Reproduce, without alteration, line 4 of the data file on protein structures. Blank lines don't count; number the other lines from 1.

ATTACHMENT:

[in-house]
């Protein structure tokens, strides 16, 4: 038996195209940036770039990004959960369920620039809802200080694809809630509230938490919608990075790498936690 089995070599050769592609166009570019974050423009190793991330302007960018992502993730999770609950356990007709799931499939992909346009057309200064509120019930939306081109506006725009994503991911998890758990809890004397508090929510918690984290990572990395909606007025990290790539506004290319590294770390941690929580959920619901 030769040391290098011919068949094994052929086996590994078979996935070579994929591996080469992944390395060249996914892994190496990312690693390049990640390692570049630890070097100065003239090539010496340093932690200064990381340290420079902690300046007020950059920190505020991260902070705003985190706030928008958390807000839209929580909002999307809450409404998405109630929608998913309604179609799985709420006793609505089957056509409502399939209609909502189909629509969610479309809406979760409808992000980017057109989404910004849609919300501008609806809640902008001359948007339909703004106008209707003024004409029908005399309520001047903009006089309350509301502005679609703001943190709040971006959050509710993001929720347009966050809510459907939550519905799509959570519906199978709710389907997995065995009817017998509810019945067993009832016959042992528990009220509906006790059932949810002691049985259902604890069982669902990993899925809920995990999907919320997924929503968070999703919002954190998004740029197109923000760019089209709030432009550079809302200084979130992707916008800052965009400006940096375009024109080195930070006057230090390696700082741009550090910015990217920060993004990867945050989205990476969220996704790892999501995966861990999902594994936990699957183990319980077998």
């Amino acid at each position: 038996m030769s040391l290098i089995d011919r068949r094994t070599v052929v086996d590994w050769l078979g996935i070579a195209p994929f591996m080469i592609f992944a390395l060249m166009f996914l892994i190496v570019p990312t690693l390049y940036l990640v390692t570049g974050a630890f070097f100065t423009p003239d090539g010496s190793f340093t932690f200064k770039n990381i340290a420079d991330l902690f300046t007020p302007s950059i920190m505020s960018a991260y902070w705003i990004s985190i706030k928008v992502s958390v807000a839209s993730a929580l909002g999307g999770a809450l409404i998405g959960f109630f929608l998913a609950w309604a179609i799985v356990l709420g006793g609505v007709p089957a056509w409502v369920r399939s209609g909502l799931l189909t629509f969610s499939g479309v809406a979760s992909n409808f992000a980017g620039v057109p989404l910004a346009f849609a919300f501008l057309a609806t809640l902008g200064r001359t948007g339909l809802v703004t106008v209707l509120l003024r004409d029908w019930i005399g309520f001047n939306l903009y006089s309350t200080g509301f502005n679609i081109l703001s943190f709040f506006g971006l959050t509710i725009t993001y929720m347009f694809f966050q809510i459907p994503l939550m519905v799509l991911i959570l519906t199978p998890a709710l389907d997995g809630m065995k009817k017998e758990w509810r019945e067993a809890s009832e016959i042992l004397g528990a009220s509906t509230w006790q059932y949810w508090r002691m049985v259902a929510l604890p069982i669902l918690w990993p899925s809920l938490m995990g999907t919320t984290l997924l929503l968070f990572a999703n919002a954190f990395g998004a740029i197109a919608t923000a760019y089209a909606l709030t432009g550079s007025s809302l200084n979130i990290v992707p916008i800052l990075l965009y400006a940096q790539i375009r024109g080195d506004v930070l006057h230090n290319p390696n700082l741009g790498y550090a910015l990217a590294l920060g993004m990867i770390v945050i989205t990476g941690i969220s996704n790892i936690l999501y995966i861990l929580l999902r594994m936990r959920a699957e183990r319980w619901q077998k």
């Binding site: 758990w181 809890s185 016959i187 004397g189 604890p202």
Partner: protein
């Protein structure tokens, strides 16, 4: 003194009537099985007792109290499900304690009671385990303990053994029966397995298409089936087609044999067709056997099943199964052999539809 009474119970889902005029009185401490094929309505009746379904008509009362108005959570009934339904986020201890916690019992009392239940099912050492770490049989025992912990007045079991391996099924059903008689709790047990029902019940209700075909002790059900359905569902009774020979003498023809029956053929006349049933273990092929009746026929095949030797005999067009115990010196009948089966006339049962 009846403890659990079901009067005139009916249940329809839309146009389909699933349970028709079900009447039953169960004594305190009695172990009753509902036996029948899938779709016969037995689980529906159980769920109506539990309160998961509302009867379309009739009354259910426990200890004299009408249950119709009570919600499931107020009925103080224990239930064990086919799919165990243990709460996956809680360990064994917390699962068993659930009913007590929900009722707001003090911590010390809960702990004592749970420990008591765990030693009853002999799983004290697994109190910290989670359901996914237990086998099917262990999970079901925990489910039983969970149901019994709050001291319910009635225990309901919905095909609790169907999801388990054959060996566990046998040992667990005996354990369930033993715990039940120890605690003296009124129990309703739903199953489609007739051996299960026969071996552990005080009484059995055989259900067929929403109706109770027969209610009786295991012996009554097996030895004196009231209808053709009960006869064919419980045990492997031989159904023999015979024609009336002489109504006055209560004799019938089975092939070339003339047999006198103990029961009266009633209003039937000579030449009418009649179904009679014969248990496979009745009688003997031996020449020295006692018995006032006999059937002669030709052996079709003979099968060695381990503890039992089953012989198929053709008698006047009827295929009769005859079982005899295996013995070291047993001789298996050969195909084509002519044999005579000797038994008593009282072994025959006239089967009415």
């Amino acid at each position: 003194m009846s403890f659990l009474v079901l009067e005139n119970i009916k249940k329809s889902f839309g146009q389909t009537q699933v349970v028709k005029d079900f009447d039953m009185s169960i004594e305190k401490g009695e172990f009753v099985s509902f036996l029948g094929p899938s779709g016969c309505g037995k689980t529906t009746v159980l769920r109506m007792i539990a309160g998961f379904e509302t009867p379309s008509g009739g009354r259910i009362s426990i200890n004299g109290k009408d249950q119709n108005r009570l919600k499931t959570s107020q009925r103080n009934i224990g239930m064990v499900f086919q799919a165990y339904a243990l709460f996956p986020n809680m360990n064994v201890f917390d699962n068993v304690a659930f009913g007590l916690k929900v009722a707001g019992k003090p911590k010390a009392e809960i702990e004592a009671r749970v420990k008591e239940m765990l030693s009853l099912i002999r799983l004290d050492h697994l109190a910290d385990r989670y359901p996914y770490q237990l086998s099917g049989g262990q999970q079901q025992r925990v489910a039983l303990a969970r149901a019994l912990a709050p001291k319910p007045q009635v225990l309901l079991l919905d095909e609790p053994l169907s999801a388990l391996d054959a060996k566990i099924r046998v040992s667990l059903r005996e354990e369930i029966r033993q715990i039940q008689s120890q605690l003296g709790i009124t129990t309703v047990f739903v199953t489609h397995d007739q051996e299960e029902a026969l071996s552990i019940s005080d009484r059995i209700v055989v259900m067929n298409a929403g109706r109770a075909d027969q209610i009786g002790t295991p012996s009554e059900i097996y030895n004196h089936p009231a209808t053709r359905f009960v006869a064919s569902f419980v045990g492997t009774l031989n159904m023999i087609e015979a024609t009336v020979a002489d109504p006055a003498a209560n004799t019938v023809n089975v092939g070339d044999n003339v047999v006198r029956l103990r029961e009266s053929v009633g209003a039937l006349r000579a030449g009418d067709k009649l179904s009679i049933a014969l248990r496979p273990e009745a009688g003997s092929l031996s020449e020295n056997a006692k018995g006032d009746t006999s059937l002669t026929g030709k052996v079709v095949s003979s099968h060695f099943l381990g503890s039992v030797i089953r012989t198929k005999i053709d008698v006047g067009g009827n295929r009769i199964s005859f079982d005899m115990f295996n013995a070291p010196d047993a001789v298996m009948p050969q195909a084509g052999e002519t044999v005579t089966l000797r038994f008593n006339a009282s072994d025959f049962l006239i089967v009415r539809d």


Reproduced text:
């Binding site: 758990w181 809890s185 016959i187 004397g189 604890p202």